The generals failed to grasp the new realities of this war. One of the British generals, Douglas Haig, expressed doubts as to the utility of artillery and machine guns. The infantry were mown down in their thousands by withering machine gun fire. More British soldiers died in the first two hours of the battle of Loos (1915) than the total number of casualties in all three services on both sides on D-Day 1944.

The total number of soldiers killed at the end of the war was 9.5 million - 5.4 on the Allied side and 4.1 on the Central Powers side. Many more were maimed. In the 1920s and 1930s, this human detritus could be seen in many European cities eking out a precarious existence on the streets by selling shoe laces, matches, or other of the minor utilities of life.

The carnage and social disruption resulting from the First World War prompted its being named “the War to end all war.”

Between the Wars

The victors held a peace conference in Paris in 1919. Germany was obliged to sign the Treaty of Versailles, which emasculated and humiliated her. What the Germans saw as the unfairness and humiliation of the treaty of Versailles rankled greatly, paving the way for the rise of Nazism and World War II. Out of the peace conference of Paris 1919 emerged the League of Nations and American President Wilson’s Fourteen Points, both designed to negotiate disputes as an alternative to war. The subsequent American administration refused to join the League of Nations, returning to the Western Hemisphere to interfere with the internal affairs of Latin American countries. European countries returned to their imperial activities. They meddled militarily and indecisively in the civil war in Russia. Italy attempted to colonize Libya and Ethiopia. France and Britain carved up the old Ottoman Empire, laying the groundwork for the conflict in the Middle East, which persists to this day. A military dictatorship came to power in Japan, which pursued dreams of an empire in the Far East.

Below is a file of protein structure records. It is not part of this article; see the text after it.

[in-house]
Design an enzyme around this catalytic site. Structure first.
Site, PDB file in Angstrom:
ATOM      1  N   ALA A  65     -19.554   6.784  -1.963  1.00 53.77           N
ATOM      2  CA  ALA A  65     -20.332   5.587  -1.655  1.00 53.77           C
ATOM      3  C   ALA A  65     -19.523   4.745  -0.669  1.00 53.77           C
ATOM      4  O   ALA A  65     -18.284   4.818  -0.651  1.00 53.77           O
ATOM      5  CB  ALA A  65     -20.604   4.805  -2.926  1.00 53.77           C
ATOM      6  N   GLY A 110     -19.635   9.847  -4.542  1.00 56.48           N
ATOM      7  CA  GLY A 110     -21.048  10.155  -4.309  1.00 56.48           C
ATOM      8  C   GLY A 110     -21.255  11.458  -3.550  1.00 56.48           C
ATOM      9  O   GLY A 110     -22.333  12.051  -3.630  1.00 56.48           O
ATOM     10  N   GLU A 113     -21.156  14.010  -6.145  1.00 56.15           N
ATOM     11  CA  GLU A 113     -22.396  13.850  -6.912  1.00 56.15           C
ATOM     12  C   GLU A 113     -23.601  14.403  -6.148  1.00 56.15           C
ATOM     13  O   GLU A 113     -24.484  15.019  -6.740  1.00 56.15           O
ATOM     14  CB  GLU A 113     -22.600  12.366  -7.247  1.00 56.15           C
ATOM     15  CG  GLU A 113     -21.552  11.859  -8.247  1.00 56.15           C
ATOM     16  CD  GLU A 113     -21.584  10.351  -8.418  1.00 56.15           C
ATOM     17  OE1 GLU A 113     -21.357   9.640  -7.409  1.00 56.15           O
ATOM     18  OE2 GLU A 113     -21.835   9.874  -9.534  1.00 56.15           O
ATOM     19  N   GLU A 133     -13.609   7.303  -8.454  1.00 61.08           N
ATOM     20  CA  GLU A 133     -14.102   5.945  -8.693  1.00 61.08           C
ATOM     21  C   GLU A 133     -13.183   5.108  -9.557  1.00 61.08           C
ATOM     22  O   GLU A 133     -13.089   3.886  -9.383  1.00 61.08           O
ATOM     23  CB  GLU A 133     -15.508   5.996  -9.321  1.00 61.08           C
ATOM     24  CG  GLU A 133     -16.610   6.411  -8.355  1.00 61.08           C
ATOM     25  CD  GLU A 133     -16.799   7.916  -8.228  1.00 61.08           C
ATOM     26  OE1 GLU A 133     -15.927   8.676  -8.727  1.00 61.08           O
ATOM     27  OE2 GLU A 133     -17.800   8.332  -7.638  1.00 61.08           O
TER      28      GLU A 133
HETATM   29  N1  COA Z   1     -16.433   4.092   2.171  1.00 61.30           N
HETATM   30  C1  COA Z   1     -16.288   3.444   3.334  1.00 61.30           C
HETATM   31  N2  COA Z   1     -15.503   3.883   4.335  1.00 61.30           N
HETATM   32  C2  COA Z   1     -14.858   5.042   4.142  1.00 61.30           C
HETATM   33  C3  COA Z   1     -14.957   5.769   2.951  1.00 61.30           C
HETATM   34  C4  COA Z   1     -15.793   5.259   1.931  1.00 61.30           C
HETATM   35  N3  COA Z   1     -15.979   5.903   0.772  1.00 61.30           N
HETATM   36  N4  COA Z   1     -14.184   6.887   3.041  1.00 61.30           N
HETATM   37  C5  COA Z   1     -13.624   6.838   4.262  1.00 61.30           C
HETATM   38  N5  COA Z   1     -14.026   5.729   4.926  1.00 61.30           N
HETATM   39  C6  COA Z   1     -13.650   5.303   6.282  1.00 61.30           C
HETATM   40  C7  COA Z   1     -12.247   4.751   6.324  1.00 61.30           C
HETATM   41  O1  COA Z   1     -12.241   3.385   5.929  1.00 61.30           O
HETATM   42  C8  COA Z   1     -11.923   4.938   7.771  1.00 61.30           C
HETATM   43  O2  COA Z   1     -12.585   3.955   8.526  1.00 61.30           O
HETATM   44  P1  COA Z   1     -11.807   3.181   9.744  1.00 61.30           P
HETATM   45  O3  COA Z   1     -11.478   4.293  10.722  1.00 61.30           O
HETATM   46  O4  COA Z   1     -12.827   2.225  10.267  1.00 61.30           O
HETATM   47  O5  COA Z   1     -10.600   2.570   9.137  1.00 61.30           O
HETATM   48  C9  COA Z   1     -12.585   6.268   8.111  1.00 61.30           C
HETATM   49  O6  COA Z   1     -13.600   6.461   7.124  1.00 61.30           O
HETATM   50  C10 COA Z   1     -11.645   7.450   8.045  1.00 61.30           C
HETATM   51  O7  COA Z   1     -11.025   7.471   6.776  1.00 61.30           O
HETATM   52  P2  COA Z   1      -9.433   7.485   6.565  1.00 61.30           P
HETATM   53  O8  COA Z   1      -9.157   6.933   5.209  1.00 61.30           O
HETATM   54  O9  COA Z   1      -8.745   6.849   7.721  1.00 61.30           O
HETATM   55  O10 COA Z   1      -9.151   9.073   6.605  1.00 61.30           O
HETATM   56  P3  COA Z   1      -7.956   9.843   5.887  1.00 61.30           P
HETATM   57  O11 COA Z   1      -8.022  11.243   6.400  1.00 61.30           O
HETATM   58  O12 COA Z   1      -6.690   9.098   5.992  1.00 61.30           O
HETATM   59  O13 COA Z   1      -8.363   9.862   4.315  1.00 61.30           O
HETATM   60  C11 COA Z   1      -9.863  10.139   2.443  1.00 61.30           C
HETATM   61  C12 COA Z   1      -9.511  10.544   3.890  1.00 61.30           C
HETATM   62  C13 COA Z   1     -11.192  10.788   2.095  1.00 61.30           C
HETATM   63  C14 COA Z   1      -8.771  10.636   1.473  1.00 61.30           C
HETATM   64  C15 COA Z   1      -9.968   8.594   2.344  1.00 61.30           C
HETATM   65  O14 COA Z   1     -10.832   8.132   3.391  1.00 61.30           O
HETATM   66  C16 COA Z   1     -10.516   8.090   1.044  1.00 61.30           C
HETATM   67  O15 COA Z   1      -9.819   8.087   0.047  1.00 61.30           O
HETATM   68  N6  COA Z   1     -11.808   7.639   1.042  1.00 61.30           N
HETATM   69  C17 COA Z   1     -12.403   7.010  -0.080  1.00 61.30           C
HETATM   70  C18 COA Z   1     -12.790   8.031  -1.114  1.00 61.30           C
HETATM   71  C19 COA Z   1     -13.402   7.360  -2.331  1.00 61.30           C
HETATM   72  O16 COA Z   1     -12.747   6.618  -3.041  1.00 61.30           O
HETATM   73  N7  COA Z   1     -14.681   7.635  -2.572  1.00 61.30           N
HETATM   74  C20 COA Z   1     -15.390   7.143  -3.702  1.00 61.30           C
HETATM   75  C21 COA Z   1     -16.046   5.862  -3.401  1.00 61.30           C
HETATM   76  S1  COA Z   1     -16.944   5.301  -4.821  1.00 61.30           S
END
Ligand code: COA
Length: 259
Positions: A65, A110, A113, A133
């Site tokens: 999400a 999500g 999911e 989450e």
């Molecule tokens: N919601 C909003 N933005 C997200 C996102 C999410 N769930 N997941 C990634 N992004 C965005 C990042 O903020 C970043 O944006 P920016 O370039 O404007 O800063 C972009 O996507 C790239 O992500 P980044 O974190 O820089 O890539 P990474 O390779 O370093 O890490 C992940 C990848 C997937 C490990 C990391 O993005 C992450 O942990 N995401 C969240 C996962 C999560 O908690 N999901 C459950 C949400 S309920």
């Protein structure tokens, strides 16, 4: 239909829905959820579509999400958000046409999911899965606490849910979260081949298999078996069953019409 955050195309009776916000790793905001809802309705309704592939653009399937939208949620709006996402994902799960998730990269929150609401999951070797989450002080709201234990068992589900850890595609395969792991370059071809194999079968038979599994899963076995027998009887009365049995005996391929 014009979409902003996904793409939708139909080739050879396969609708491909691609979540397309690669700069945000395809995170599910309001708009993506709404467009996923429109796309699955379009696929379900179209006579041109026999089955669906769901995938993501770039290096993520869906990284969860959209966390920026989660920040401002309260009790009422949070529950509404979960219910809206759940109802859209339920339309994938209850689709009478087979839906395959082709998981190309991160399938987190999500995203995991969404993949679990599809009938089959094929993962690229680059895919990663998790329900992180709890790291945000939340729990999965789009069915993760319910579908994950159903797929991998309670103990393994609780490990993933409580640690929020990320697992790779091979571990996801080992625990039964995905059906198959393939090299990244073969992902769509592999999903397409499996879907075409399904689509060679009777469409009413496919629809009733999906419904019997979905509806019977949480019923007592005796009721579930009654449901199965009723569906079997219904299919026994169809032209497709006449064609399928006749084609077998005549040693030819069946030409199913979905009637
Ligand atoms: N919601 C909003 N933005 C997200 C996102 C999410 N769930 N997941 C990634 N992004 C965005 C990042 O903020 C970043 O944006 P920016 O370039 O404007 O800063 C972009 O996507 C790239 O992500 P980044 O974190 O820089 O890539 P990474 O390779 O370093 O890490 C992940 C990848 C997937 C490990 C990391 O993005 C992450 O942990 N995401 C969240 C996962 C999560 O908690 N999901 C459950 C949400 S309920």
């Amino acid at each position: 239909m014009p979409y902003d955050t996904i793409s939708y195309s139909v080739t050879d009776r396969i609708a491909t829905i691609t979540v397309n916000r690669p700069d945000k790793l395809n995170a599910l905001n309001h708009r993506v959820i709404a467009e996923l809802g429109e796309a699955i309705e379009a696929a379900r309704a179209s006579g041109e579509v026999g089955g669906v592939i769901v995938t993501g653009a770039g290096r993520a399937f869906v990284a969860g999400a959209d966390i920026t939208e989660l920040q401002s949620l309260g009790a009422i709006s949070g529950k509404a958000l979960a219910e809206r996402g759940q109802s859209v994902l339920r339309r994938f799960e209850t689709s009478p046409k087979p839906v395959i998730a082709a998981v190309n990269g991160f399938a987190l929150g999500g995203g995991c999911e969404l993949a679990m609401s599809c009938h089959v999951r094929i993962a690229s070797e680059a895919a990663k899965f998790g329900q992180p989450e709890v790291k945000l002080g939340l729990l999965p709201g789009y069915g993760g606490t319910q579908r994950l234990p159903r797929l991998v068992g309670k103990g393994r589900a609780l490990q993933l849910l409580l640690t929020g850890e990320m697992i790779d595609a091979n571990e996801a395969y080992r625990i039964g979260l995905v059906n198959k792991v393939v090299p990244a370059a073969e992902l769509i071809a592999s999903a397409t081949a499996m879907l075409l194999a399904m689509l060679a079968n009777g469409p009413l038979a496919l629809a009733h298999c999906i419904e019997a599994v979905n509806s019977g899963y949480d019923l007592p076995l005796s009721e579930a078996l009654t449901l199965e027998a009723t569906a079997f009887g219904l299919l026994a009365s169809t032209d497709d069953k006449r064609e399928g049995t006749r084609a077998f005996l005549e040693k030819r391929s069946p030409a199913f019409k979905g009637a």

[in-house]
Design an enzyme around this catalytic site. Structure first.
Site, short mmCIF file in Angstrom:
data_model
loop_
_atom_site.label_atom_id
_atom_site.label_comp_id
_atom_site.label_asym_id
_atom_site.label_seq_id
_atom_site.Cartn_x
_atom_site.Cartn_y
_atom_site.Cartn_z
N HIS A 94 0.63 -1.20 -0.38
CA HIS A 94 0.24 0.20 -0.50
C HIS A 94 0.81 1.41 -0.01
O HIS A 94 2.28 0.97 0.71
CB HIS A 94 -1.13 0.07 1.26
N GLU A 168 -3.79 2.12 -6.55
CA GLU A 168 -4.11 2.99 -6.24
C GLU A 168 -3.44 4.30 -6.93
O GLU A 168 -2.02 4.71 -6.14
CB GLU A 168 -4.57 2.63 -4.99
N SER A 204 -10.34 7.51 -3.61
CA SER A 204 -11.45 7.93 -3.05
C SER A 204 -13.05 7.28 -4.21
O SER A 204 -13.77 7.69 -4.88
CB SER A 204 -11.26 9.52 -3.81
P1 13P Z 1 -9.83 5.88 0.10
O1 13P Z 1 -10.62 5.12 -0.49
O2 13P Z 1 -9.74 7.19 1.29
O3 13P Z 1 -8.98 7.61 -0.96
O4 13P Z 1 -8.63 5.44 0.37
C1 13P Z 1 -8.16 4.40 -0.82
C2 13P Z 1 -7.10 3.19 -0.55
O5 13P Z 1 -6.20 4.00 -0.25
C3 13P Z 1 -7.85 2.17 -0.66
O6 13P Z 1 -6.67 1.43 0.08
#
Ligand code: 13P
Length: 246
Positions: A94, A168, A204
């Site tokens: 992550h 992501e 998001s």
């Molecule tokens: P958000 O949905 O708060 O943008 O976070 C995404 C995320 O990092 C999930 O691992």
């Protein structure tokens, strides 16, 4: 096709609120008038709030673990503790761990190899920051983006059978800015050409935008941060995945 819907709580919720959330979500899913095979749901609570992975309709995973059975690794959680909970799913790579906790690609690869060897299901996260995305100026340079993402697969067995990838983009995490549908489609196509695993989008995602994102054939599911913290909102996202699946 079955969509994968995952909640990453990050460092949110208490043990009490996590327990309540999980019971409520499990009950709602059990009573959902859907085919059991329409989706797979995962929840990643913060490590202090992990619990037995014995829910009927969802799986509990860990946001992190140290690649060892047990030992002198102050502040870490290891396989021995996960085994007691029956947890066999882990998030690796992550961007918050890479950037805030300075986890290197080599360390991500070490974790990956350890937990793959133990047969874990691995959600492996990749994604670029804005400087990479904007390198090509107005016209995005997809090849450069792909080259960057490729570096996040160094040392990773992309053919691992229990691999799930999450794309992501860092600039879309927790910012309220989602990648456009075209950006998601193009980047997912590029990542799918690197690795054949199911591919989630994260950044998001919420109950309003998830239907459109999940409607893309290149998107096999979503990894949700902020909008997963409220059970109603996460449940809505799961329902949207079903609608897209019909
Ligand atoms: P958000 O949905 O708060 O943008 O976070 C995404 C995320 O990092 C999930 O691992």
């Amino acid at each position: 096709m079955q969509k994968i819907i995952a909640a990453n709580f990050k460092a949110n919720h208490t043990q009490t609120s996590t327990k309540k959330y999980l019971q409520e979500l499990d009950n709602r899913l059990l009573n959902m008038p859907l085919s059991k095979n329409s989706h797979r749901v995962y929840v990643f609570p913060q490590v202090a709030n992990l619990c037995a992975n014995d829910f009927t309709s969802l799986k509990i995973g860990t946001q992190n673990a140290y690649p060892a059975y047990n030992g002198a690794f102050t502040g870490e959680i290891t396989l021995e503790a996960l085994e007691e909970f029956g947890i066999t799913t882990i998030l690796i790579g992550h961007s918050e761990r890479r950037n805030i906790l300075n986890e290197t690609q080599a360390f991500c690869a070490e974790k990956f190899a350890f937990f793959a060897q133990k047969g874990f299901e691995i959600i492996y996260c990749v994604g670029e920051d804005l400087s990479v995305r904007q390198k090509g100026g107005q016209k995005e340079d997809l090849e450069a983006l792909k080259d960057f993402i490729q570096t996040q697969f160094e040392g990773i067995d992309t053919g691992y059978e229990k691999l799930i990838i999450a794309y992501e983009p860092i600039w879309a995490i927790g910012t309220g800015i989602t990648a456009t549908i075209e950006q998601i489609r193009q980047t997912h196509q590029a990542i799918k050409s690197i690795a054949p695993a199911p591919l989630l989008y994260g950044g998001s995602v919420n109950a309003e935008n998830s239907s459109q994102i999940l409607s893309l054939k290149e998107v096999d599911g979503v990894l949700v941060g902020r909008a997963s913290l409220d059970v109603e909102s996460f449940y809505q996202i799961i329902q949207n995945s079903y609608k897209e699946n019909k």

Just before the Second World War, a brutal civil war erupted in Spain (1937). Over one million Spaniards were killed on the battle fields or in Franco’s torture chambers. A new level of brutality was reached when a German air squadron fighting on the side of the Spanish fascist rebels bombed and strafed the unprotected town of Guernica in an attempt to destroy civilian morale. This action caused widespread and vociferous condemnation from countries throughout the international community, many of whom would behave in a similar fashion in the shortly-to-commence Second World War.

The Second World War